Friday, March 29, 2013

Truth & Democracy: Why Gay Marriage Isn't

It was one of those calls that was a long time in coming, but I knew it would.

As a leading young Republican politician, Andrew Trumbull had the media watching every move and writing down every word. I had heard some of this thoughts on this controversial subject before, but he, like every other politician, was being pushed to make a clear public statement. The time for vague, elliptical remarks was over.

"This would have been easier in the 19th century," Andrew said on the phone. "You could count on people reading more than one paragraph. Now, if it's not a ten-second sound bite, there's no chance of getting a fair hearing, and, damn it, some issues are too complicated for sound bites."

I had always been sympathetic to this view, but felt it was something the politicians had brought on themselves. Since JFK, they had been too ready to pander to the media, and now with 24-hour news, politicians had forgotten how to think and only remembered how to run on at the mouth.

"I'll take this slowly," Andrew began. "Stop me when you think something's unclear. When I go public, it has to be right. They'll crucify me anyway, but I have to give it my best shot."

"Go for it, Andrew," I said.

"I believe in equality and I am against injustice," he began. "I will work with local, state, national and international organisations and governments to further those ends.

"However, marriage is something that goes beyond governments. It came before governments. Marriage has its roots in religion - all religions - and as a result, marriage pre-dates and transcends all governments.

"As a matter of political and ethical philosophy, governments have no authority in matters of marriage. All governments can do is acknowledge marriage.

"Are you still with me, Commander?"

"I am."

"What governments have done is given a civil context to marriage and extended that context to civil ceremonies that have come to be called marriages but were not marriages in original concept, but rather contractual, legal arrangements for the convenience of both the participants and the state.

"This was done to keep order, enable practical record keeping, give a legal basis to other contracts entered into by those who were civilly joined and enable the administration of taxation and benefits."

"That's a mouthful," I said. "I understand it, I think; you're saying there are two types of union."

"Yes," he agreed. "Think of it, when a couple wants to get married, they have to get a marriage license. In the US, the state accepts the forging of a civil union by the religious organisation, but has nothing -and can have nothing - to say about any religious or spiritual aspect of the union. In some states, they insist of couples getting blood tests before they marry - that's nothing to do with any spiritual aspect of marriage. In Britain, the state even sends a state-appointed registrar to the religious ceremony and the couple have to sign the legal registration document during the ceremony.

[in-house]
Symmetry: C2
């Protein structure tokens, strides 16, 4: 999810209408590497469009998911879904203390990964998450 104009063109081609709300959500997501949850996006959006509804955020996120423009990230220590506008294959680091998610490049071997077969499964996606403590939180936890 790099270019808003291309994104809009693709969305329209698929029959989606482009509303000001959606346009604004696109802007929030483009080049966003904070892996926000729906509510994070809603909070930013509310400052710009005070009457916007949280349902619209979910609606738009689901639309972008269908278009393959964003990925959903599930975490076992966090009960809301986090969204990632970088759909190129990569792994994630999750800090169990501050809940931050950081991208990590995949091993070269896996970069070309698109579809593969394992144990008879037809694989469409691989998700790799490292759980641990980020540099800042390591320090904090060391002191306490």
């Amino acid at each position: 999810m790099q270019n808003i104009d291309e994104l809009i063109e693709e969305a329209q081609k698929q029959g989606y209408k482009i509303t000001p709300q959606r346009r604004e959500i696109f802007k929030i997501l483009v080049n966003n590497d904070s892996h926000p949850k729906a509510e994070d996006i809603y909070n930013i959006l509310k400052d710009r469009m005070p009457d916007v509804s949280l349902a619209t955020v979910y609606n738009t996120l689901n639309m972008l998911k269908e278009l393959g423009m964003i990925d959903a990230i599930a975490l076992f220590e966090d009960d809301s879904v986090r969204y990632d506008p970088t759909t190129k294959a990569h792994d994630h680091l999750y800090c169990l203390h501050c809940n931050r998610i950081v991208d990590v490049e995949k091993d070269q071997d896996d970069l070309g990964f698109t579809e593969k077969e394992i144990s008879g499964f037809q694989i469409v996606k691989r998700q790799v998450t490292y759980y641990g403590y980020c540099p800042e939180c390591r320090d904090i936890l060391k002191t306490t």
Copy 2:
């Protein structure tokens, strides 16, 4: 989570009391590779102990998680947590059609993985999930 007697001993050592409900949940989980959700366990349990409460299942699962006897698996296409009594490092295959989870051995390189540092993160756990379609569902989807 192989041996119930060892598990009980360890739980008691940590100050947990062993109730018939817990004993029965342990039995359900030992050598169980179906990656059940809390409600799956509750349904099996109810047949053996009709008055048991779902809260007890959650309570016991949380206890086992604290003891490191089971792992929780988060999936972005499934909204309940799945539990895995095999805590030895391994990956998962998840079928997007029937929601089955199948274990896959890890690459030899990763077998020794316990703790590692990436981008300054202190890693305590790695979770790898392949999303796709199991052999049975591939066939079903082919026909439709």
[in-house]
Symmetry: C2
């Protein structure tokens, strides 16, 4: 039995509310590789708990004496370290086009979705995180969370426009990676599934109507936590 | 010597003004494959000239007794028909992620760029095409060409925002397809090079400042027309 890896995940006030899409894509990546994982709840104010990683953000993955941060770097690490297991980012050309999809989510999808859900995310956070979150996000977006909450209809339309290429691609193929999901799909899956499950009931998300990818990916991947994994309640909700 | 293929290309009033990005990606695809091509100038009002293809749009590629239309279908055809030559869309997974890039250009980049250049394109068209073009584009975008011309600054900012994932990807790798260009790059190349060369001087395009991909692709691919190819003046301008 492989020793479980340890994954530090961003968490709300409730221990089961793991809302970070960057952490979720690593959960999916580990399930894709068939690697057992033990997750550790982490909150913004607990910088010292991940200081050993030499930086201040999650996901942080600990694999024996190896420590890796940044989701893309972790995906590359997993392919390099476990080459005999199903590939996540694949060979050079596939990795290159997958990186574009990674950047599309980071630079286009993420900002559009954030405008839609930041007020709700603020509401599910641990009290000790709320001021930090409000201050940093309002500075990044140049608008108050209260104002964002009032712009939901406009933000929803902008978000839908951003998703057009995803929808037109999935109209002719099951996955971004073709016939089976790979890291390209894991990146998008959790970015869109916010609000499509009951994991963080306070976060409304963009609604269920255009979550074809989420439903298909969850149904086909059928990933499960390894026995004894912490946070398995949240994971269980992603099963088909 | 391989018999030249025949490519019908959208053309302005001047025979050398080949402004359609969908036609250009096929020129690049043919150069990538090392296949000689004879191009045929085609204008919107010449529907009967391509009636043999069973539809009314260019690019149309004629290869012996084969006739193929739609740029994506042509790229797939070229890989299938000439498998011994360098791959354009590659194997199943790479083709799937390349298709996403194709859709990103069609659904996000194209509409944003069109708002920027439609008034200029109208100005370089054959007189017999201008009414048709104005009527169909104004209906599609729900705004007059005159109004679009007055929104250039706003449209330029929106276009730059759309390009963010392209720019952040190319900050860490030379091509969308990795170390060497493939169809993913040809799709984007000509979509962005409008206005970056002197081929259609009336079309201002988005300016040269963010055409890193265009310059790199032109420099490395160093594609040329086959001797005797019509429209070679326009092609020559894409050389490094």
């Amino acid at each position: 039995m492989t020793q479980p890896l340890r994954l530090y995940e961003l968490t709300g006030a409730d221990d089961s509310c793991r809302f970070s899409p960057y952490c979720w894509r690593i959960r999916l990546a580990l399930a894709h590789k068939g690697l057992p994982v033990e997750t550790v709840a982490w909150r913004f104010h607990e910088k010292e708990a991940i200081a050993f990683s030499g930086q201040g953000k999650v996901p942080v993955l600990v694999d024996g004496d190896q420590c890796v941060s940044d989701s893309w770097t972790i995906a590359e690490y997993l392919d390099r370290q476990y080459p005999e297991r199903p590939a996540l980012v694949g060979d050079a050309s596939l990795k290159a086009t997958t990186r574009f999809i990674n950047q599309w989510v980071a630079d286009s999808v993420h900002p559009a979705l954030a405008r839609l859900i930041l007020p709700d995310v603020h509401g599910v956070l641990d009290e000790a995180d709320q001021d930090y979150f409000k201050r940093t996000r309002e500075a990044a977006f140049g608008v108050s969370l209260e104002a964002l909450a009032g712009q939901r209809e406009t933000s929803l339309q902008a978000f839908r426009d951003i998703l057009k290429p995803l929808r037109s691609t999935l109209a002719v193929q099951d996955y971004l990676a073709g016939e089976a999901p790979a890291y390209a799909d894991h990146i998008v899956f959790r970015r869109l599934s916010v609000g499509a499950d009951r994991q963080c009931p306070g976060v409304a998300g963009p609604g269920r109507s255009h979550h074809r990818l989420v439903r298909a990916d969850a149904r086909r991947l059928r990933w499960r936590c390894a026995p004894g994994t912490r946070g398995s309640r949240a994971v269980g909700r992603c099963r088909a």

"For civil ceremonies, it is only the legal part of the union that is involved."

"So what you're saying is that the state or government has authority over the legal arrangements, but not over what has for centuries been regarded as 'marriage.'"

"Exactly! The government can regulate the contract all it wants; that's in its competence; but it has no authority over marriage - and never has.

"It is an historical accident that civil unions have come to be called marriages, as in the ancient understanding of it, it was something different."

"So we're back to Lincoln and 'calling it one doesn't make it one."

"You've got it! Of course, it was the Romans who brought all the legal trappings into marriage and when the center of Christianity went to Rome, it got all tangled up in legal terms rather than its original phenomenological ones."

"You have been reading your philosophy again," I said. "So the bottom line for gay marriage?"

"There is a good legal argument for treating gay individuals as couples for the purposes of administrating the law and levying taxes. Just as there are good reasons for extending those privileges to siblings who have lived and grown old together in their parents' houses: there are good reasons why spousal inheritance tax rules should be extended to them."

"Legally, constitutionally, I don't have a problem with extending these legal arrangements to gay couples, though it will further reduce the tax-base," Andrew concluded, "but it's not marriage."

Wednesday, March 12, 2008

Thanks for everything, Bill

When the phone rang early on February 28th, not only did I know who it was, I knew why he was calling.

"Good morning, Andrew," I said, while getting the coffee machine going with my other hand.

"Good morning, Commander," he replied. "Sad news, isn't it?"

"Indeed," I agreed.

And indeed it was. The death of William F Buckley, Jr., had been announced the previous day. I didn't know him, but Andrew and his family had known him, albeit distantly, for years.